"The Origin of the Logic of Symbolic Mathematics is a very important work. From an exegetical point of view it presents careful readings of an amazing amount of texts by Plato, Aristotle, Diophantus, Vieta, Stevin, Wallis, and Descartes and shows at the same time a profound knowledge of Husserl’s earlier and later texts...." —History and Philosophy of Logic
"This much needed book should go a long way both toward correcting the under-appreciation of Jacob Klein's brilliant work on the nature and historical origin of modern symbolic mathematics, and toward eliciting due attentio to the significance of that work for our interpretation of the modern scientific view of the world." —Notre Dame Philosophical Reviews
"A striking, original study... for the history of mathematics, our understanding of Husserlian phenomenology, and the concepts of formality and formalization." —Robert B. Pippin, University of Chicago
"Hopkins’ detailed and careful readings of the texts make his book a source of numerous insights, and its erudition is breathtaking." —Husserl Studies
"The Origin of the Logic of Symbolic Mathematics initiates a radical clarification of François Vieta’s 17th century mathematical introduction of the formal-symbolic, which marks the revolution that made and continues to make possible modern mathematics and logic. Through a philosophically subtle, clarifying, and exacting elaboration of Jacob Klein’s Greek Mathematical Thought and the Origin of Algebra, Hopkins reveals flaws (and strengths) in Edmund Husserl’s thinking about numbers, the formal-symbolic, and the phenomenological foundation of the mathesis universalis." —Robert Tragesser, Author of Phenomenology and Logic and Husserl and Realism in Logic and Mathematics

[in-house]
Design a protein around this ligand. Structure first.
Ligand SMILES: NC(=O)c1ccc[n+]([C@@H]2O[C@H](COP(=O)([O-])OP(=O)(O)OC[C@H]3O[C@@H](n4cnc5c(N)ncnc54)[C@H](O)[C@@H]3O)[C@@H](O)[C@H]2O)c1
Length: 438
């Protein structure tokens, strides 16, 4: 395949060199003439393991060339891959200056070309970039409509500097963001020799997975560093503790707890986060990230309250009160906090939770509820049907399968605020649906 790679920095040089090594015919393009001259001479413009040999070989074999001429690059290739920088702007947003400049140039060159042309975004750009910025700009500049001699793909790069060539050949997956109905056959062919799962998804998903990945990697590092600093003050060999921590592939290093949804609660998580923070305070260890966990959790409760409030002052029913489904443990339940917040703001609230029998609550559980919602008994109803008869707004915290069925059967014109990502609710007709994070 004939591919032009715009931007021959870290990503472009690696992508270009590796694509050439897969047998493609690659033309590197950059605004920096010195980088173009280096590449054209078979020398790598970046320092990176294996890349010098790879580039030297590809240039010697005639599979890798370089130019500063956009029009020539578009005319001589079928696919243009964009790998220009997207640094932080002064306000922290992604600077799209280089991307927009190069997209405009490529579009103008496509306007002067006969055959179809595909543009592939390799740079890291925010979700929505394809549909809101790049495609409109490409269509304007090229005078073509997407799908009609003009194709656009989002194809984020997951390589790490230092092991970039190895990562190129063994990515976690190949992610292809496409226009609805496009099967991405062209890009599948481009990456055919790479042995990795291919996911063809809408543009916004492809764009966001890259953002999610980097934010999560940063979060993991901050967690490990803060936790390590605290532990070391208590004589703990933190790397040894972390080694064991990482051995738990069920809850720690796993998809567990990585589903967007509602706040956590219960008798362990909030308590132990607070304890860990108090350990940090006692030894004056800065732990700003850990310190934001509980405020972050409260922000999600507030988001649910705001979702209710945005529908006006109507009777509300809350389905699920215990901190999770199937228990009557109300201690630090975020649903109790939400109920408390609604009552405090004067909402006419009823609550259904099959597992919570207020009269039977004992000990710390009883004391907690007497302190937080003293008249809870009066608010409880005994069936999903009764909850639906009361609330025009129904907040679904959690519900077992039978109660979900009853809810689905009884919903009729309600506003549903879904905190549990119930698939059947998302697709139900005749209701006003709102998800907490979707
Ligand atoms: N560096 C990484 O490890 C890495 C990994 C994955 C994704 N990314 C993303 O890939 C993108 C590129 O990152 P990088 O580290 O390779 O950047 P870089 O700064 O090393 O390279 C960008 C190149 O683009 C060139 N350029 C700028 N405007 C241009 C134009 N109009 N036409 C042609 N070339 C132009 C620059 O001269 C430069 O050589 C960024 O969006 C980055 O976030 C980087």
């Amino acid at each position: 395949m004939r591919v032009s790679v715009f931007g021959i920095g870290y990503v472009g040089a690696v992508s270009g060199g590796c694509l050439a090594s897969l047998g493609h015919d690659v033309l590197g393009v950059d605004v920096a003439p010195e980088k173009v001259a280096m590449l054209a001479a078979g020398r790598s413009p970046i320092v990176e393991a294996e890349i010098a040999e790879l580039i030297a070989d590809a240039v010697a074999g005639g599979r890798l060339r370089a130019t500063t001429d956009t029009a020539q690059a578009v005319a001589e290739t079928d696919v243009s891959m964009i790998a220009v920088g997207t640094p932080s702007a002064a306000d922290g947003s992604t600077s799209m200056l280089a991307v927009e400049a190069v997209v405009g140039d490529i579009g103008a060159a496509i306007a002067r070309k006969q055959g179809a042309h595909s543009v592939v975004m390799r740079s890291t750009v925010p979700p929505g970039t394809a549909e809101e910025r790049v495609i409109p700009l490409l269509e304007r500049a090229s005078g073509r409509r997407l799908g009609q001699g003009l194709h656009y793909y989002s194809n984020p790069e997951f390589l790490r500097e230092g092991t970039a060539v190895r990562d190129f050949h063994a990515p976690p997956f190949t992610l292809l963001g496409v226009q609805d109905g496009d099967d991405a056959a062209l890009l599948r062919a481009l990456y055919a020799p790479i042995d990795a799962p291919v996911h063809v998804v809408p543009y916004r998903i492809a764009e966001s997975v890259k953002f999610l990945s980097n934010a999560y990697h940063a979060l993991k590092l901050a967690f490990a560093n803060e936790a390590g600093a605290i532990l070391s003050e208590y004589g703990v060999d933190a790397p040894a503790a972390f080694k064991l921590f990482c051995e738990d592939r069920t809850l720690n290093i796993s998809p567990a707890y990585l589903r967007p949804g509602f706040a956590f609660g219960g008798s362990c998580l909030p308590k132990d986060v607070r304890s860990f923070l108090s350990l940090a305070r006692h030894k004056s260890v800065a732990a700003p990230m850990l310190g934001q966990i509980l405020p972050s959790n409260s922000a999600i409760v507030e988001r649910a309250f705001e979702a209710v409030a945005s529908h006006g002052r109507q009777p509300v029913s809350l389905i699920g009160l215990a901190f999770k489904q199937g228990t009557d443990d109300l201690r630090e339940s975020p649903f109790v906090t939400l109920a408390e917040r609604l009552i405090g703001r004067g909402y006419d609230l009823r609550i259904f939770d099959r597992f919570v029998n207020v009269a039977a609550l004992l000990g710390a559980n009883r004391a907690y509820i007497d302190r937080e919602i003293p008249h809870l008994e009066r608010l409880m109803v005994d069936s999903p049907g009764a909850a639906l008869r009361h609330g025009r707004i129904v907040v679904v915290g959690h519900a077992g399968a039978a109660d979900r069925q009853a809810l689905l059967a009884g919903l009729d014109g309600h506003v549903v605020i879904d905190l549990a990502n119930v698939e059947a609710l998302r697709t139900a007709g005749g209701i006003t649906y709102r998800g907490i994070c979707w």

"Hopkins brings all of the myriad concepts of Klein’s analysis of the origins of logic and symbolic mathematics into play as he elucidates the significance of the roles algebra, logic, and symbolic analysis generally have played in the development of modern mathematics" —Mathematical Reviews
About the Author
Burt C. Hopkins is Professor of Philosophy at Seattle University. He is author of Intentionality in Husserl and Heidegger and The Philosophy of Husserl. He is founding editor (with Steven G. Crowell) of The New Yearbook for Phenomenology and Phenomenological Philosophy and is permanent secretary of the Husserl Circle.